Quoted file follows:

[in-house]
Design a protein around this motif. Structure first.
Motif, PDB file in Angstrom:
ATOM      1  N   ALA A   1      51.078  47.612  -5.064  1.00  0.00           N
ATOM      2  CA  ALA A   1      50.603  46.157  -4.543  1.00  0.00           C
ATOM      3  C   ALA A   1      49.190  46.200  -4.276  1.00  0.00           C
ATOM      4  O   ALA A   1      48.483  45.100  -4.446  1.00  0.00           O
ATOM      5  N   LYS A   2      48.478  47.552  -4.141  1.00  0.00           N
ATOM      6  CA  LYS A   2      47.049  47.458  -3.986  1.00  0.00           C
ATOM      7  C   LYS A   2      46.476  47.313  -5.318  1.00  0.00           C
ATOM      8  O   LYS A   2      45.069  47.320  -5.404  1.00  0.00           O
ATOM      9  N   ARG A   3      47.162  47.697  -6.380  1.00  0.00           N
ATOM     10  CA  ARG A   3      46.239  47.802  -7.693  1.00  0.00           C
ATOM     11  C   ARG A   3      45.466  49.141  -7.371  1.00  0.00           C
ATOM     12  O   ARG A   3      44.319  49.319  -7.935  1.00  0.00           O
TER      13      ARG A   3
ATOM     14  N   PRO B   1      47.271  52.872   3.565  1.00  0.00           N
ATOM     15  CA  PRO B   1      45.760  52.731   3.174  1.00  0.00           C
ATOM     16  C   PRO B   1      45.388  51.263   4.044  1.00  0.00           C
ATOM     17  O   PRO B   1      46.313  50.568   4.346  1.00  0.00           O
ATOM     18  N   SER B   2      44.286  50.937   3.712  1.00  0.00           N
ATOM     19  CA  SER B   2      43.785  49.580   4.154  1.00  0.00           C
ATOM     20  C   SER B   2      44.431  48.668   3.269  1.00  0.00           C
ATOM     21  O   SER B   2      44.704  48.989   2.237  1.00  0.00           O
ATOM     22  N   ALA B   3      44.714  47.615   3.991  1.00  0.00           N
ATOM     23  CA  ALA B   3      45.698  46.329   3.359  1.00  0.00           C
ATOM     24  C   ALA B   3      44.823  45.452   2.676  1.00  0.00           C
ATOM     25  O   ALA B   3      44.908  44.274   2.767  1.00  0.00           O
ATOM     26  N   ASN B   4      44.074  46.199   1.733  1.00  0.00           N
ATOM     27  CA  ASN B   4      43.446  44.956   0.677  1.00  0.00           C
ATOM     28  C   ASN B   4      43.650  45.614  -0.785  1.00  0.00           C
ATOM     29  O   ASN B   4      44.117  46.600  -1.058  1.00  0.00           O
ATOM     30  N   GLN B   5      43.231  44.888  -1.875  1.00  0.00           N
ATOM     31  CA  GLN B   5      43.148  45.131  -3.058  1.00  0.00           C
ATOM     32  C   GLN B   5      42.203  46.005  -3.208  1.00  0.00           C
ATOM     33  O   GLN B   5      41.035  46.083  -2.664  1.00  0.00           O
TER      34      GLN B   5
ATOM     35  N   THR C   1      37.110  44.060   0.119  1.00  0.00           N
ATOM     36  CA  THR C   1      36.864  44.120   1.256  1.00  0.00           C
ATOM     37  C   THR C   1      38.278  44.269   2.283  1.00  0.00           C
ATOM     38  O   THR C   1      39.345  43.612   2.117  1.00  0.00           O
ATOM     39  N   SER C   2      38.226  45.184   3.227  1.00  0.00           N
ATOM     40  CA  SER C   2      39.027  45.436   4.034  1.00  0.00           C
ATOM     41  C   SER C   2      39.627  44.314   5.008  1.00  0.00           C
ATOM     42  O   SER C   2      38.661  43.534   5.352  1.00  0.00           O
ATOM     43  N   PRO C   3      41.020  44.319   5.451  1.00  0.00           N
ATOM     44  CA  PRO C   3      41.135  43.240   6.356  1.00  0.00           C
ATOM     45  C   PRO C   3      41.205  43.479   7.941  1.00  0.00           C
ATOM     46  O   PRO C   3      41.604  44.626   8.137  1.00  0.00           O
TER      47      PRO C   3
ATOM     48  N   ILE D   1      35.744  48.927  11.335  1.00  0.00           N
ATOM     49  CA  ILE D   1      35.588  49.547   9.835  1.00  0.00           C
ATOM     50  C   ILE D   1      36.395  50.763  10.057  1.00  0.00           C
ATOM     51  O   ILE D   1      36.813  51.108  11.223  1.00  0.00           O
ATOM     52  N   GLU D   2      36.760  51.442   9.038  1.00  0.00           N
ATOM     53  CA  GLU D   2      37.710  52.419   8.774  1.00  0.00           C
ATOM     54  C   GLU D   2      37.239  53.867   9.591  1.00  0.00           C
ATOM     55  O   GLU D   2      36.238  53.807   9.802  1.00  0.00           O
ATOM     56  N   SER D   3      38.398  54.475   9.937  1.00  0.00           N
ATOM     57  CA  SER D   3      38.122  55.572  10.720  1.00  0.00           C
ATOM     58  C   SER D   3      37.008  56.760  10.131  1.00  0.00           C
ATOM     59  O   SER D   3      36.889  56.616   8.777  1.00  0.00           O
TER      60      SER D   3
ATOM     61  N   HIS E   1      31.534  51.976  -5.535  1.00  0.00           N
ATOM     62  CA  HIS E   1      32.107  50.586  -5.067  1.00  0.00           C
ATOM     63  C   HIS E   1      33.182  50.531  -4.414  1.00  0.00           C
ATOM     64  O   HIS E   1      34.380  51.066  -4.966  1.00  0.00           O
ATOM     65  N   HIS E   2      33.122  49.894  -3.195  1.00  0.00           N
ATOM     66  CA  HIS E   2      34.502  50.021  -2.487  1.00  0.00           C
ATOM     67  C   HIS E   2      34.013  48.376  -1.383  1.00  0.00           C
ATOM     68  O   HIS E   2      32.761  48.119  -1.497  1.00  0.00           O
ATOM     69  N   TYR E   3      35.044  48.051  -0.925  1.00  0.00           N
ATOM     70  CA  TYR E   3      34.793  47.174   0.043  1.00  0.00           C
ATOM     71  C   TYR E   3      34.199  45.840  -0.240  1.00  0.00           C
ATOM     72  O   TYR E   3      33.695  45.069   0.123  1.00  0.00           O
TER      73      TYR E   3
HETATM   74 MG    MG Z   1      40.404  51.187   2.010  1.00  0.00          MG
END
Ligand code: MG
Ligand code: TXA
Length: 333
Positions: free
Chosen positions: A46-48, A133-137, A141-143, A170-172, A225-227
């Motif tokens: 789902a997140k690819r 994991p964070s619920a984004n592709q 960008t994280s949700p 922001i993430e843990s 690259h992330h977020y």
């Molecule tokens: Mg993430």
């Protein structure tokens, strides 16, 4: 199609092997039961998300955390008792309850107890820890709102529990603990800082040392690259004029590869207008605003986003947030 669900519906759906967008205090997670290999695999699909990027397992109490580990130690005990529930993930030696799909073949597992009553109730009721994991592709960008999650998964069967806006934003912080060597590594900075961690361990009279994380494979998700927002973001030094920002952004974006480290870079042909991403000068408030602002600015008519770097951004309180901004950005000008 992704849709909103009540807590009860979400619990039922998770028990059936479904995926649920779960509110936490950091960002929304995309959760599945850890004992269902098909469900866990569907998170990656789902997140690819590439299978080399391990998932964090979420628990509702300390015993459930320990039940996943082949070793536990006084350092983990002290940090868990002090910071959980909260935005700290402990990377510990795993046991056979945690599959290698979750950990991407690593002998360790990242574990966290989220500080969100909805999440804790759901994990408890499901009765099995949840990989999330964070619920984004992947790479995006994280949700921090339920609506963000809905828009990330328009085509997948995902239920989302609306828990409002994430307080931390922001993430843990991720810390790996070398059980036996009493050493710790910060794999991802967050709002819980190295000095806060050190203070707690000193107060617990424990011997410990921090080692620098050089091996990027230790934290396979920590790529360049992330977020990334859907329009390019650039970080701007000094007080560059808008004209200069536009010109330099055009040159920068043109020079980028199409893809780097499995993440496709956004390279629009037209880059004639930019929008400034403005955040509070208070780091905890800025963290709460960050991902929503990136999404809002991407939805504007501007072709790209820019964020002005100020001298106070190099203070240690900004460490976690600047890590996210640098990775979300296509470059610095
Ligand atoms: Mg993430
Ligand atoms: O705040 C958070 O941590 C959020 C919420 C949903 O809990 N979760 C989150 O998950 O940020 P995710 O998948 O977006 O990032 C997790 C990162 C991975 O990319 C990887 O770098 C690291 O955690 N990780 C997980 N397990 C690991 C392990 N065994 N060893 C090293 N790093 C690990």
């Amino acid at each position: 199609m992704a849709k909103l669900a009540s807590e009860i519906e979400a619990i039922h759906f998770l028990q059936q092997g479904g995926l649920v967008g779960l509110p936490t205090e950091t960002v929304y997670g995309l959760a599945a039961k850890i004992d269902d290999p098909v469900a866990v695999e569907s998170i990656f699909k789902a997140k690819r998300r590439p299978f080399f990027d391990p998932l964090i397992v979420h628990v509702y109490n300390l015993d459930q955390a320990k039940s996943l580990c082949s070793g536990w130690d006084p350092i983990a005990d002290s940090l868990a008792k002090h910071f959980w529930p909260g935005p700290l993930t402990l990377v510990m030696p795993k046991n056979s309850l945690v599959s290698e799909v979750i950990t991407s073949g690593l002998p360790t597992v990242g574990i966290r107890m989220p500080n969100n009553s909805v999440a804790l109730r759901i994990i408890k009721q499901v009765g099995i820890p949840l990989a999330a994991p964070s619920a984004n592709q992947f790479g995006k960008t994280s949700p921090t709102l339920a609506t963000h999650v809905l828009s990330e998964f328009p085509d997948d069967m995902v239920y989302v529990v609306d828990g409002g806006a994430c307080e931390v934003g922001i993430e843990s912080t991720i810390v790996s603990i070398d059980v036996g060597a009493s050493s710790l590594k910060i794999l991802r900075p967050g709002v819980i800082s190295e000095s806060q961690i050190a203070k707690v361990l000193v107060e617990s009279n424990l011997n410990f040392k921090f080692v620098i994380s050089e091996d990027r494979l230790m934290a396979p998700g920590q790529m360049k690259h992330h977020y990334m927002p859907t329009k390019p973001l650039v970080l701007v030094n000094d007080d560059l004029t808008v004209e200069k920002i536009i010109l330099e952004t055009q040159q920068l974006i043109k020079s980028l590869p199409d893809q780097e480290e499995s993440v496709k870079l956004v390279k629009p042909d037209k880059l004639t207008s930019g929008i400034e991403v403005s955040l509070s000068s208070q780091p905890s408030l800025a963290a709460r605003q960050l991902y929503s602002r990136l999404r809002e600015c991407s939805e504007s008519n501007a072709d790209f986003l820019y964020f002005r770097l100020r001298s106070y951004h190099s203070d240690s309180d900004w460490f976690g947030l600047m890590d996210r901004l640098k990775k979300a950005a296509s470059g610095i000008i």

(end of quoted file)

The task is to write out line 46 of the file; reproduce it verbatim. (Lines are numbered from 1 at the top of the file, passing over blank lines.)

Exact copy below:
ATOM     43  N   PRO C   3      41.020  44.319   5.451  1.00  0.00           N